Rockhill Furnace Work Session: January 6-7, 2007
The first FEBT Rockhill work session of the New Year was held Saturday and Sunday, January 6-7, 2007.
Those participating included Richard Rutledge, Jane Rutledge, Tom Kozub, Jim Bacon, Dave Richards, Andy van Scyoc, Reggie Arford, Steve Jacobs, Charlie Wootton, Bob Harris, Wade Woodcock, Dave Phillips, Linn Moedinger, Dick Ullery, Dave Dietz, Lee Rainey and Bill Adams. We had eighteen volunteers on Saturday and twelve on Sunday.
The Garage is the small building between the sand house and stone house complex, across the turntable track from the Machine Shop.
At this session, it was cleared of most of its contents, with metal, good wood, and clay pipe going to the long stock shed. Other trash was bagged for disposal. The south side of the roof was braced and the wall was pulled back to vertical in one direction. The rotted portion of the wall header and exterior trim was replaced and new interior studs were installed, with temporary bracing applied to preserve the shape. Nine new rafter tails were cut from oak for later use.
The east-west tie-rod in the Boiler House roof was repaired and tensioned. The window in the north Machine Shop wall above the Generator Room was re-installed, along with new trim and other miscellaneous repairs to the wall area.
The east foundry wall has been under outward pressure due to collapsed brick. The brick was removed and the pushed-out boards were repaired or replaced with material on hand. Crushed stone was spread along the drip line of the building to reduce damage to the side boards from splashing.
The reason for the bulge in the foundry roof was identified, and a plan was established for repair of this problem, to be accomplished on a future rain day.
Further study of the work required for the beam replacement under the west end of the foundry gantry was done.
The new ceiling in the generator room was primed.
The center weldment to replace the failed center casting in the first arch-bar truck was fitted, welded and installed, along with the top cover plate, and installation of the cover plate bolts was begun. The side bearing castings were cleaned, repaired and primed for installation next month.
In order to mount the plow-wing brackets on the replacement arch-bar trucks that will go under Hopper No. 802, the crew must remove four short bolts from each of the replacement trucks and swap them with longer bolts from the original 802 trucks that are currently under the Aughwick. These longer bolts hold the plow-wing brackets on the original trucks. The four bolts from the replacement truck currently being worked on, were loosened, removed and cleaned. The crew then started to remove the bolts from the one of the trucks under the Aughwick. Two of the nuts and the corresponding lower plow-wing bracket were removed, but the crew was unable to free up the bolts and remove them from the Aughwick truck to swap them with the shorter bolts from the replacement truck.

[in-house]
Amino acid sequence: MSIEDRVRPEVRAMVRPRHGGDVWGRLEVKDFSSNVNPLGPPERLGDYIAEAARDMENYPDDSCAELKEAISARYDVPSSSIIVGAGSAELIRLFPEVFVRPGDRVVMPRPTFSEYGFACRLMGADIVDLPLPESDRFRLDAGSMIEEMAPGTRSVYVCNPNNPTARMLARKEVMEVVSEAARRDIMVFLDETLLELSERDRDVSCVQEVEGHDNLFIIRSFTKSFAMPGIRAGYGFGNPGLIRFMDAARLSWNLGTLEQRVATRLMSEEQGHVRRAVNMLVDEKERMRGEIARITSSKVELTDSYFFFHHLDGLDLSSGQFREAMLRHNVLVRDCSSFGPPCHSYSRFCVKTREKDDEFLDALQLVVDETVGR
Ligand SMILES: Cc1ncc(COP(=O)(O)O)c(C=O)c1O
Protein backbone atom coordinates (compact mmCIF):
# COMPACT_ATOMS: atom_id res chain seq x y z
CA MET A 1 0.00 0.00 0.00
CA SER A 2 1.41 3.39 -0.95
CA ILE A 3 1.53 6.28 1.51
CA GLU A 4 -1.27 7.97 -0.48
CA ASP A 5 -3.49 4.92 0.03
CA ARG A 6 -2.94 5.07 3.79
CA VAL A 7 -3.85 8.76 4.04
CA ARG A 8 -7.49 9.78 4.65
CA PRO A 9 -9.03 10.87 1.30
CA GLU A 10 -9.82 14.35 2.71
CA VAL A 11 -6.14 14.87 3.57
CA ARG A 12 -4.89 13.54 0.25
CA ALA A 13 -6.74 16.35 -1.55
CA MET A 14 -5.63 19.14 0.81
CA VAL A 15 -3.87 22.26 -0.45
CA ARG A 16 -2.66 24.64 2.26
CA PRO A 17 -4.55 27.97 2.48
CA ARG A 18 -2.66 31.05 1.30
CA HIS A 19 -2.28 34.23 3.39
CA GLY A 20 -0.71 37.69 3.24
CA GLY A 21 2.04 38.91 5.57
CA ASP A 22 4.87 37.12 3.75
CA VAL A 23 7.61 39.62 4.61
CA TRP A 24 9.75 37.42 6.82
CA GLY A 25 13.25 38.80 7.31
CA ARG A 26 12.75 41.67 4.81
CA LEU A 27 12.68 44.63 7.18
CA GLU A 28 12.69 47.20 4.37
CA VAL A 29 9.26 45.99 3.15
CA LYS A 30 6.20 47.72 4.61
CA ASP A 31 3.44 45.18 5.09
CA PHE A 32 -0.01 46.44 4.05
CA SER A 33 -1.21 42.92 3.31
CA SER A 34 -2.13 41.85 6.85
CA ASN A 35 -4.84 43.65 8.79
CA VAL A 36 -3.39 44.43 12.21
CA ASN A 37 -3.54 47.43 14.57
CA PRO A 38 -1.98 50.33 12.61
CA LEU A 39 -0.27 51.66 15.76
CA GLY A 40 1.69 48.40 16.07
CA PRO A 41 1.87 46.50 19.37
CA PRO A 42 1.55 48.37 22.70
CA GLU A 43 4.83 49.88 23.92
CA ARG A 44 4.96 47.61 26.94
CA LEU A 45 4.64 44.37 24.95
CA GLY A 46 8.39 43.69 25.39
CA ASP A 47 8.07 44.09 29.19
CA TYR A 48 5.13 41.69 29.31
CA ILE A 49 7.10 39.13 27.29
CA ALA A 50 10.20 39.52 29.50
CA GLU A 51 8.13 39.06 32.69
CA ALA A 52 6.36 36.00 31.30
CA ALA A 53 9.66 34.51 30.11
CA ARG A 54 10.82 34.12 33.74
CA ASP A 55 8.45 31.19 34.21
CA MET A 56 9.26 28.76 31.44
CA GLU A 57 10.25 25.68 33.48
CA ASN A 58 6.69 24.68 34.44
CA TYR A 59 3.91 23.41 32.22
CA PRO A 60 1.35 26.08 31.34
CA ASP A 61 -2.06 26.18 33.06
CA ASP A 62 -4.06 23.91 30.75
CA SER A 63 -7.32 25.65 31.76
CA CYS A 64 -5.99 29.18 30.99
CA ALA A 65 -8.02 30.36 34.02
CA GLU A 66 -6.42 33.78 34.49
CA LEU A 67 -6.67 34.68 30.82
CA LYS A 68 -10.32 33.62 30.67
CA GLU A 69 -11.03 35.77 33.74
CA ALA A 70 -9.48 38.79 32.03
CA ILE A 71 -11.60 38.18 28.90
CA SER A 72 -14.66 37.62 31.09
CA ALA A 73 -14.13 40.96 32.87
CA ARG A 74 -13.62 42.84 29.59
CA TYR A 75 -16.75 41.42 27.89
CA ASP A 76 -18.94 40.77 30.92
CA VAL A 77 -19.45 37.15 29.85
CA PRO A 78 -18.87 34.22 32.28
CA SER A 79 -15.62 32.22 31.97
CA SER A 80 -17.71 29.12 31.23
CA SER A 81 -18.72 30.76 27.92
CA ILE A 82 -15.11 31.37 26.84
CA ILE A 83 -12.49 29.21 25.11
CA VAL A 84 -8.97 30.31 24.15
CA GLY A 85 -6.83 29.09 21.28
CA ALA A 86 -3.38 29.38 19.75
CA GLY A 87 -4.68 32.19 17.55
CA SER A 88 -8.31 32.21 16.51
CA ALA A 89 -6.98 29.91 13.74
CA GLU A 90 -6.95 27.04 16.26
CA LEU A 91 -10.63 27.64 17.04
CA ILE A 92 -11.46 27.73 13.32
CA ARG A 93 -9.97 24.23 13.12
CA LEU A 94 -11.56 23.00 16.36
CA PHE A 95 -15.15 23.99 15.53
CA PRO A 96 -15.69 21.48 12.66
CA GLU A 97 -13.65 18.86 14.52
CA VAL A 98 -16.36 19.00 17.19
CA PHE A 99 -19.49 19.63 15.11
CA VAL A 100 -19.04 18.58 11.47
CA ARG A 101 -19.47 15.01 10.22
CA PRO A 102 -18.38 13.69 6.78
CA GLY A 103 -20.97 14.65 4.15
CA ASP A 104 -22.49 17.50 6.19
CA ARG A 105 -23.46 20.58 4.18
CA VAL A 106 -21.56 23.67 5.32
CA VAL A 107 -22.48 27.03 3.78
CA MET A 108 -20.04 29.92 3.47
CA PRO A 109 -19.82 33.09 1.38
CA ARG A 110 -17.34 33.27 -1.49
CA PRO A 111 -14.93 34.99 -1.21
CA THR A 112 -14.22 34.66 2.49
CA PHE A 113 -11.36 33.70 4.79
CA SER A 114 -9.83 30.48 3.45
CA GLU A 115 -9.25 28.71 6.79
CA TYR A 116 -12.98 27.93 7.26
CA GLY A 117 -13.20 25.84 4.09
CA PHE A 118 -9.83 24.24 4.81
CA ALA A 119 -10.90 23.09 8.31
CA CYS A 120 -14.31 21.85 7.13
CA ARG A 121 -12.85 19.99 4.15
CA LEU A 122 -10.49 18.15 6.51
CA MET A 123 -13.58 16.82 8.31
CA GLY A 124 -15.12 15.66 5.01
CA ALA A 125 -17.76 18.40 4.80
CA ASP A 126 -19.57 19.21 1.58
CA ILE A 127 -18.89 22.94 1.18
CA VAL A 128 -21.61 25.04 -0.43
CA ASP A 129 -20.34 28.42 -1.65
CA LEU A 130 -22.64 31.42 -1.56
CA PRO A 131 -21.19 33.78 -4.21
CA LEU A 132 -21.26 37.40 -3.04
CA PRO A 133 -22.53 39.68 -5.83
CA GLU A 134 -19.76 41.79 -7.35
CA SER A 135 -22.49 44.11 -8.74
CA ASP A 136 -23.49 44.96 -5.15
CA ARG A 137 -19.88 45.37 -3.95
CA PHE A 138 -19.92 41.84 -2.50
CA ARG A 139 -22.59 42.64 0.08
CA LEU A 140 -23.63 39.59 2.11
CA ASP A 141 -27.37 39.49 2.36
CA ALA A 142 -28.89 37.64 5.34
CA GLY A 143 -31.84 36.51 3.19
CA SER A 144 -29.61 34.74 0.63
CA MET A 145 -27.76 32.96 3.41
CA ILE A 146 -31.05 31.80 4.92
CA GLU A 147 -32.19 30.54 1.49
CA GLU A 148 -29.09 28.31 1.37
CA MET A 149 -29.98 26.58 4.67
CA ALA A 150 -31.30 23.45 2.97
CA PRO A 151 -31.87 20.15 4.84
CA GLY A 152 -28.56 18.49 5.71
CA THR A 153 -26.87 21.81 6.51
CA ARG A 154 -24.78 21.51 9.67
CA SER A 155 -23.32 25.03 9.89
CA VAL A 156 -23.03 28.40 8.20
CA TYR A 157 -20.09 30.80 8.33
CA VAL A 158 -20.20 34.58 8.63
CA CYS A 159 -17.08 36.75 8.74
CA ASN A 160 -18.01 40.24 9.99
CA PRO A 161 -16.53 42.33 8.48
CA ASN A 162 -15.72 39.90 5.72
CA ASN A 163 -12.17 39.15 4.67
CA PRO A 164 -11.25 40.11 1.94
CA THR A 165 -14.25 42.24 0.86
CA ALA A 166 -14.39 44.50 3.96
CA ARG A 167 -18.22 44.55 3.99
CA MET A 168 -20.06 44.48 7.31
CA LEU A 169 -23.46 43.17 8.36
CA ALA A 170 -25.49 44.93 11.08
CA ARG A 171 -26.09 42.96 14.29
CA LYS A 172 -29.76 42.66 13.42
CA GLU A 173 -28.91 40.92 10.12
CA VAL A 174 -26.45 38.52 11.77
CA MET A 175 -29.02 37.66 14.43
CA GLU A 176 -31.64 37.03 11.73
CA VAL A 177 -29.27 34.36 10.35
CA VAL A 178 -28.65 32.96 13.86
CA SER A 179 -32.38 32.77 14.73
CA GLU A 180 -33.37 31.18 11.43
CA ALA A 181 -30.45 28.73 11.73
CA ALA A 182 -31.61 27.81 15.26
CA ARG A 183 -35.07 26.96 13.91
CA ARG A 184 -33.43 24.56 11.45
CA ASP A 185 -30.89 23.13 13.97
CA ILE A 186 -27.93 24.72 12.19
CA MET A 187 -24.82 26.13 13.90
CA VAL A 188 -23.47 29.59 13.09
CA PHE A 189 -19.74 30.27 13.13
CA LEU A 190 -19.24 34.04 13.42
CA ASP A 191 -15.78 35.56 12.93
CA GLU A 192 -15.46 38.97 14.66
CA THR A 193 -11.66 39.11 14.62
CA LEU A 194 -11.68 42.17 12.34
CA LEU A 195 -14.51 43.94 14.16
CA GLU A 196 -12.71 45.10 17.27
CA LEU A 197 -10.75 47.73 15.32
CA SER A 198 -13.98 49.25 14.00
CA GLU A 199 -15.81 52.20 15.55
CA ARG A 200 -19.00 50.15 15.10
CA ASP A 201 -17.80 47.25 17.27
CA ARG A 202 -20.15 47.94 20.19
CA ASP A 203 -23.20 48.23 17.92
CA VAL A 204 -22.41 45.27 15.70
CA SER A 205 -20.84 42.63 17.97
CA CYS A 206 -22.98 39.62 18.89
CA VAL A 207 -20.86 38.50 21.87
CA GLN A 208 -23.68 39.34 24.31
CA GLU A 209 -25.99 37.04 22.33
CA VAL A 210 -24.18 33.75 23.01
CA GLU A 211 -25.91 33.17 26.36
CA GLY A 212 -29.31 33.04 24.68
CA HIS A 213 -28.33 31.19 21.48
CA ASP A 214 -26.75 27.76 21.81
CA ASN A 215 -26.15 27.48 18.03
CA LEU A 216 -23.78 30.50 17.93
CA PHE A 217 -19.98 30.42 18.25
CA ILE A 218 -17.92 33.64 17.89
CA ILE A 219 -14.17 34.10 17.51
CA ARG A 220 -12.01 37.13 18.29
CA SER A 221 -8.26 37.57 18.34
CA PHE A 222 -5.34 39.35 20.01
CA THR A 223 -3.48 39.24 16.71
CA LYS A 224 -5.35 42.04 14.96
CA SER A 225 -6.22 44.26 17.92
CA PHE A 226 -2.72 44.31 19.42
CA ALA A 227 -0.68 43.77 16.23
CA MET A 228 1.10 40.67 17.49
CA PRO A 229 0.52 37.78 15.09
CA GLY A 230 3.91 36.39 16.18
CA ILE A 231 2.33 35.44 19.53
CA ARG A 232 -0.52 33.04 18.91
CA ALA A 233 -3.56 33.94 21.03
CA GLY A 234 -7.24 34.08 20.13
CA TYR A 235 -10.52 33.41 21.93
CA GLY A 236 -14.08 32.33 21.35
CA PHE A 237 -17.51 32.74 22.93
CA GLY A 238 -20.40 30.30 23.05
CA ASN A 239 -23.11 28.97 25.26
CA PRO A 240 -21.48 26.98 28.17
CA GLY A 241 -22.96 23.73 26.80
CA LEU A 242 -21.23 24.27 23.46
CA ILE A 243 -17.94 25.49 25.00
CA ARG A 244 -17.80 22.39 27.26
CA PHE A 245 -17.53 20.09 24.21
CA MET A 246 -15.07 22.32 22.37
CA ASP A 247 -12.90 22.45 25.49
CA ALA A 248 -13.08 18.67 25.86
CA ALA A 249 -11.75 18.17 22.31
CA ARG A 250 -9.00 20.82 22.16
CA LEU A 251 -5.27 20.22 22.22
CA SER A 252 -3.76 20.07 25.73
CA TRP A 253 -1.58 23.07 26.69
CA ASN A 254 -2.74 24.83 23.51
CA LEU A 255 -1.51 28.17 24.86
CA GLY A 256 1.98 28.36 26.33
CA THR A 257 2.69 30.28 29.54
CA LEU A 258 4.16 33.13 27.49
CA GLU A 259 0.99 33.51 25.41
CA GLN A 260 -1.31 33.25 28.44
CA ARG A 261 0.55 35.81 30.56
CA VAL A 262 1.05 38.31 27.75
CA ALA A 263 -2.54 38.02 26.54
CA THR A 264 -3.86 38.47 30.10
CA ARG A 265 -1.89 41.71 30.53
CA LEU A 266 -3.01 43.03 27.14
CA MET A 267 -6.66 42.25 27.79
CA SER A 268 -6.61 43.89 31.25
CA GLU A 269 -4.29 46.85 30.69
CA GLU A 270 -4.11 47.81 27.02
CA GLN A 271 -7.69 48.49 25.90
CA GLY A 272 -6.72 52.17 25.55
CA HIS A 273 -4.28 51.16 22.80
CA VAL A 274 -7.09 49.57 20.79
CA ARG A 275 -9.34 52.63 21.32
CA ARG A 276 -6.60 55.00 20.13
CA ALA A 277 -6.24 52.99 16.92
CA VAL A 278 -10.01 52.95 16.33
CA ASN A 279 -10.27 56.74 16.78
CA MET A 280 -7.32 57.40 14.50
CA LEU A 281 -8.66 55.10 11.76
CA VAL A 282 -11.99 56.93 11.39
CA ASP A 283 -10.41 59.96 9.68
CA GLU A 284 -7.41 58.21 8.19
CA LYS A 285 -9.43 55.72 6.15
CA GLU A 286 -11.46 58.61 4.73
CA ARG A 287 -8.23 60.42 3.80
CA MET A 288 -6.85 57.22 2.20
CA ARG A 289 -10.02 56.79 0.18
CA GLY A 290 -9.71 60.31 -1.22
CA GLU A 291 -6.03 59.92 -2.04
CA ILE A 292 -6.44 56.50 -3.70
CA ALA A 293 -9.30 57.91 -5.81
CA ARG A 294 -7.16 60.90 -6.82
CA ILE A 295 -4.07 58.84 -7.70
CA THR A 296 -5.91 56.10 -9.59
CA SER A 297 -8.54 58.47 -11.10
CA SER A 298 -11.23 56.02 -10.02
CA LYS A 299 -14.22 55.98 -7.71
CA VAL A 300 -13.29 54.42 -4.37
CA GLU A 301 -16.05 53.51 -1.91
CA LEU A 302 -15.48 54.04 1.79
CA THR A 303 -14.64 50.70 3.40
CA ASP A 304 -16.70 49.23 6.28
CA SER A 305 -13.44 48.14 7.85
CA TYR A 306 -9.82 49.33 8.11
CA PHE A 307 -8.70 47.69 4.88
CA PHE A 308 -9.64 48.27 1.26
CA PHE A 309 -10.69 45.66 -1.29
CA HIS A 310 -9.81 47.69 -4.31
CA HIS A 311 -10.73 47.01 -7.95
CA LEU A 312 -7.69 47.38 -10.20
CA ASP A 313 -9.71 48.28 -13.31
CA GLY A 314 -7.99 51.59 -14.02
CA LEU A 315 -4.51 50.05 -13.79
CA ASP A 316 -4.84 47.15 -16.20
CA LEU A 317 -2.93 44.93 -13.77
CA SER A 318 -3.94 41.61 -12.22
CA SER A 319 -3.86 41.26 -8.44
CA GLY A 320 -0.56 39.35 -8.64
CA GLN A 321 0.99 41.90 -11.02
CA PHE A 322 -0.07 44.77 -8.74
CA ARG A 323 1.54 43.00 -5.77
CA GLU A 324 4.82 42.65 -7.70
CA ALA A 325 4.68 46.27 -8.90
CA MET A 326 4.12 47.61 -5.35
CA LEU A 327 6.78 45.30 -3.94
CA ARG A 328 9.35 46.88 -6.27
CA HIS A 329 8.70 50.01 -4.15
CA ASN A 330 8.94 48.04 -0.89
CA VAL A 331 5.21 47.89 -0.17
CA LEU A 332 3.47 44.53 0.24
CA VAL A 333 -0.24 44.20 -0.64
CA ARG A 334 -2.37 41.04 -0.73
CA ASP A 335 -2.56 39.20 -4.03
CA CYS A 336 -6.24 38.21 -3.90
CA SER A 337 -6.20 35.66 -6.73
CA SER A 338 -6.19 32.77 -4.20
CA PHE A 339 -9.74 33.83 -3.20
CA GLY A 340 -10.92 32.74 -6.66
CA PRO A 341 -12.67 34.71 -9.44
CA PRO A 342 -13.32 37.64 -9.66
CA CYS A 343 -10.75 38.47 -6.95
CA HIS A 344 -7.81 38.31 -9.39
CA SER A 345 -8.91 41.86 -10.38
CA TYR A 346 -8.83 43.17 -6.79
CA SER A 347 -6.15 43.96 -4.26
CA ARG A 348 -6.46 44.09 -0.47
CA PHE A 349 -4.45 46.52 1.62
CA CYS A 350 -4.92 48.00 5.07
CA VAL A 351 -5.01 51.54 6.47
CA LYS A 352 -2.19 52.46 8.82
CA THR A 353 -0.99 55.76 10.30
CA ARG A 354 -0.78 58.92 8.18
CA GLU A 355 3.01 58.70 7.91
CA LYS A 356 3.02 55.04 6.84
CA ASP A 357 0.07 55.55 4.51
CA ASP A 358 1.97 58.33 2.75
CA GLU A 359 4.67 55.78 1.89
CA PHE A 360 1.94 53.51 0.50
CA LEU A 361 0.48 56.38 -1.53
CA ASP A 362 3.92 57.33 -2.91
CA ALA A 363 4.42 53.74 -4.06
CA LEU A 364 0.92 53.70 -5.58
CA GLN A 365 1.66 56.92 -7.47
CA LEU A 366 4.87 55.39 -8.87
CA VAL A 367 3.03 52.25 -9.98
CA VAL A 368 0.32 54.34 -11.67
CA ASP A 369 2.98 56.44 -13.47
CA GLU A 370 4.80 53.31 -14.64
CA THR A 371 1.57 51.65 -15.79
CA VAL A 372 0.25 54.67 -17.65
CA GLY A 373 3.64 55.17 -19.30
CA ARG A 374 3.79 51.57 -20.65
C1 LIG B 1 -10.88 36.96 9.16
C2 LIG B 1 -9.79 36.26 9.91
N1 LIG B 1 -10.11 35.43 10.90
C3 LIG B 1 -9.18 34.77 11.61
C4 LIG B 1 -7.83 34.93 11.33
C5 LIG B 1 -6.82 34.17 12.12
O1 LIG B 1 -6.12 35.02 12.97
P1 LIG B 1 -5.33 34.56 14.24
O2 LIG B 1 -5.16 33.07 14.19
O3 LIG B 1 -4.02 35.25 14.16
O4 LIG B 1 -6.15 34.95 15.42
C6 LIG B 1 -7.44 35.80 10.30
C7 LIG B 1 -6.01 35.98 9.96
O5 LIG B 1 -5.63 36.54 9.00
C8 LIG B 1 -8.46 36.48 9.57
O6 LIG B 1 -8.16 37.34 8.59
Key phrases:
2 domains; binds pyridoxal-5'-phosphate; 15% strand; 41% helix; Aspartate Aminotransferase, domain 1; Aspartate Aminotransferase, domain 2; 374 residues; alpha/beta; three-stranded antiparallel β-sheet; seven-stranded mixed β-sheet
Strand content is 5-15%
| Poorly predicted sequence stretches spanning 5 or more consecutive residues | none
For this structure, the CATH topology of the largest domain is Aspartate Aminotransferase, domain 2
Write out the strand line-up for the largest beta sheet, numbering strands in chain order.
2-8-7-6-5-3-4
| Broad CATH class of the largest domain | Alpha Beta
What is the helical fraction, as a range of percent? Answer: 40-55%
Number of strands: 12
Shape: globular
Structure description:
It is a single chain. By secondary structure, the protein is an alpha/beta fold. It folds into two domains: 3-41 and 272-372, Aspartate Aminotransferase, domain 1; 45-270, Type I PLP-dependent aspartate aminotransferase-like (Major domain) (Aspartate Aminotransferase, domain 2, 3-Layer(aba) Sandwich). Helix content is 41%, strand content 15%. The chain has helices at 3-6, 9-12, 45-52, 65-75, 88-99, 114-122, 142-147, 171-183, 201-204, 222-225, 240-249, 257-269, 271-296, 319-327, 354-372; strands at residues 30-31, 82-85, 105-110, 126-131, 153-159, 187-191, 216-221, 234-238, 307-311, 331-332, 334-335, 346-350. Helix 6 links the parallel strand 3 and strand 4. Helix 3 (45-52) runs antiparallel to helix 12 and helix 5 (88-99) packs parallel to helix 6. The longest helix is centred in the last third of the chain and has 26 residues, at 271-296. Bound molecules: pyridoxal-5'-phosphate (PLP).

Linn Moedinger of the Strasburg Railroad met with us again to continue the evaluation of the combine. Based on new data from the on-going disassembly of the car, the crew re-examined and, in the end, confirmed several parts of the existing project plan. Project plans were developed for the roof, the exterior side sheathing, the sagging north center sill, and the interior. Work processes were documented for the application of plywood girders to the sides, and several other parts of the restoration.
We have received the Honduran mahogany that will be used to repair the side sills and identified vendors for the other materials needed.
To provide inside shop space for completion of the 802 truck work prior to the arrival of spring, it was decided to defer beginning work on the combine's new side girder until June. In the meantime, we will work on final dismantling and on preparing new parts for the combine, a job that will timeshare with the woodwork on rider Boxcar No. 168.
The railroad has commissioned us to convert derelict Boxcar 168 into a second covered rider car (similar to No. 175, which was converted way back in 1960.) The addition of another steel-underframe, covered car will allow the railroad to reduce the daily use of the wooden cars, preserving them until we can complete their restoration at some future date.
The boxcar, which has sat in the Rockhill yards over by the Rockhill Trolley Museum since 1956, was emptied of a large number of trolley treasures with the help of folks from the Rockhill Trolley Museum. It was then shifted by a railroad crew - in a rare winter operation - to the work site on the same track as Hopper 802.
The crew then removed the remnants of the roof walk and roof ribs and evaluated the roof structure, which was found to be in excellent, reusable condition. (This will preserve the visible framing for the roof hatches which were added for clay loading.) The steel doors were removed, along with the inside wood end sheathing. Drawings were prepared for the benches and the steps. The sides were marked for the new openings and cutting began on the car, opening two panels.
Next Work Session
The next Rockhill work session will be held Saturday and Sunday, February 3 and 4.
Rockhill Restoration Coordinator